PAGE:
Opinion

Poulsbo armory served its purpose | In Our Opinion

When the state decided to sell the North Kitsap Memorial Armory in 2009, city officials clamored that it be kept open for public benefit.

Ironically, the Port of Poulsbo’s decision to tear down the 60-year-old building in favor of a parking lot will best achieve that goal. Poulsbo is a city starved for parking but rich in vacant space.

The port spent a year searching for renters for the squat but sturdy building on Jensen Way. Like many prospective Poulsbo landlords, it found tenants were hard to come by.

With a $500,000 investment weighing heavily on its shoulders, the port decided to go where the demand was and replace the armory with a paid parking lot. The port isn’t going to get rich quick off this scheme, but at least it will be making some money.

Meanwhile, it could provide much-needed parking for its marina tenants and parking for the shoppers and sightseers who keep downtown Poulsbo kicking. Anyone who has driven hopeless laps around Front Street and Anderson Parkway in search of a parking space knows the need is there.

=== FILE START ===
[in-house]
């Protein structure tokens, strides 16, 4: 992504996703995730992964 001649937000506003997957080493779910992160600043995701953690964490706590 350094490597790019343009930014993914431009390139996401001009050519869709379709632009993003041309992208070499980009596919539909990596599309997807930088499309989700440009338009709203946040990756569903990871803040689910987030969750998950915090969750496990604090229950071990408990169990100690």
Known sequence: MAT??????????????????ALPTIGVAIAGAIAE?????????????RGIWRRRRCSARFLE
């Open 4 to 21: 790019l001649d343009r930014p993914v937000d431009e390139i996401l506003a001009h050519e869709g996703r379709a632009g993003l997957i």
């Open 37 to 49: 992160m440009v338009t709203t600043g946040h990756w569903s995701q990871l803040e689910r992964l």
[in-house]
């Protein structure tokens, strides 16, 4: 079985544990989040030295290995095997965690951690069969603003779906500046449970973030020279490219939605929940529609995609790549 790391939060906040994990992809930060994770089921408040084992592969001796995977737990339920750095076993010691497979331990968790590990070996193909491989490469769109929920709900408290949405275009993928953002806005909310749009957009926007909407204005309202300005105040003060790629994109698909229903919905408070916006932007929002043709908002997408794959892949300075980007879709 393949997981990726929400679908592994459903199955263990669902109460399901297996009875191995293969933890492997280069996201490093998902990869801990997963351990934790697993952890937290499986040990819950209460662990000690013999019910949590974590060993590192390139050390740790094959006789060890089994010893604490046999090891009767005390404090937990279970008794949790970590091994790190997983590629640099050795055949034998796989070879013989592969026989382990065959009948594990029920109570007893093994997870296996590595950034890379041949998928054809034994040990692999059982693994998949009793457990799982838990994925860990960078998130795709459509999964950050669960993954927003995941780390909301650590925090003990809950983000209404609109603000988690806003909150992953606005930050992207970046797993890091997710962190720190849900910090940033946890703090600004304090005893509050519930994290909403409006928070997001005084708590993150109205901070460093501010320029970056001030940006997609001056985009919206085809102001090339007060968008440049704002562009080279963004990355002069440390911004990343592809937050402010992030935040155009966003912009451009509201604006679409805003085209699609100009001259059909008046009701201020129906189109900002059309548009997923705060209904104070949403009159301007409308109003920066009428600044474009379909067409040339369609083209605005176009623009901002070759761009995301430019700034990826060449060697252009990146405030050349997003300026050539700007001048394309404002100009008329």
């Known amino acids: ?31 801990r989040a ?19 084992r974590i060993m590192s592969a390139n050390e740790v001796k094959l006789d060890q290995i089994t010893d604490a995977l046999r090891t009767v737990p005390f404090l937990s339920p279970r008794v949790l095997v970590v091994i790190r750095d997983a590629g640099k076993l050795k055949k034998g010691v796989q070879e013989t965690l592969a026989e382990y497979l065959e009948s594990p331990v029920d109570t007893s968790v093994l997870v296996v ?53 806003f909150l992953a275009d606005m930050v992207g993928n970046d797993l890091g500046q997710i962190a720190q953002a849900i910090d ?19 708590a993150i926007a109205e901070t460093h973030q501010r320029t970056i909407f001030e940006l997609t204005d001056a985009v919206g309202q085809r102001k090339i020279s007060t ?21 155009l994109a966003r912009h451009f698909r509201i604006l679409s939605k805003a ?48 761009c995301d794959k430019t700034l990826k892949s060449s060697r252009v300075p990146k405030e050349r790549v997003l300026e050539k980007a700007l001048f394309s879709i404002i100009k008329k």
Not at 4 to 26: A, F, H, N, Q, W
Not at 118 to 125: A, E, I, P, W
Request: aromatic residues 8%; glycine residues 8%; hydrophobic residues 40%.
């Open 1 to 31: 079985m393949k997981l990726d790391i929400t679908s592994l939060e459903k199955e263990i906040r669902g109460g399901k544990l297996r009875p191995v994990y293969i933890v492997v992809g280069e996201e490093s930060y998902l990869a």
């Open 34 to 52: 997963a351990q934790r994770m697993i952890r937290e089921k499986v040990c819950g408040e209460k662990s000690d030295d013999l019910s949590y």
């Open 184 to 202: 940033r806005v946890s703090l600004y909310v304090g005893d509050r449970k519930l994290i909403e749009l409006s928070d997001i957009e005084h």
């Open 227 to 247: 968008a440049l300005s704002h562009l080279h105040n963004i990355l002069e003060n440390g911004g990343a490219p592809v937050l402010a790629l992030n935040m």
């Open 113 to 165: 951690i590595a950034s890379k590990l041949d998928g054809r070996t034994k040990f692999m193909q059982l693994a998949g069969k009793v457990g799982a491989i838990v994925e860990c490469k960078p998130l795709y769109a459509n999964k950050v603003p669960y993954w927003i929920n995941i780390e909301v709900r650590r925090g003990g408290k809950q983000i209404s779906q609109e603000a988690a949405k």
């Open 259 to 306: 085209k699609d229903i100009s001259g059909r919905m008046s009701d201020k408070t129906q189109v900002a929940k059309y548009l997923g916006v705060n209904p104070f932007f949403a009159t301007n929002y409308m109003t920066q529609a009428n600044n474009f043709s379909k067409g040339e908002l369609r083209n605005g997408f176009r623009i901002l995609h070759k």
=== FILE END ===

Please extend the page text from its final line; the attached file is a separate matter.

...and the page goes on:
News of the armory’s impending destruction was met with dismay by many Poulsbo residents. Some don’t want to see a downtown landmark demolished. While its easy to fall into sentimentalism, the armory was never meant to win architectural awards. It was a study in utility and it served its purpose well. That purpose is now gone.

The fact that the building survived six decades doesn’t make it historic — it makes it outdated.

The building has also been preserved, in part, as a living memorial for North Kitsap veterans. The legacy of our service members certainly deserves recognition but an empty and possibly asbestos-ridden blockhouse is hardly a fitting tribute.

If Poulsbo’s leaders truly wanted to honor veterans, they would help find a new home for the newly displaced Veterans Services Office.

That is a real living legacy.

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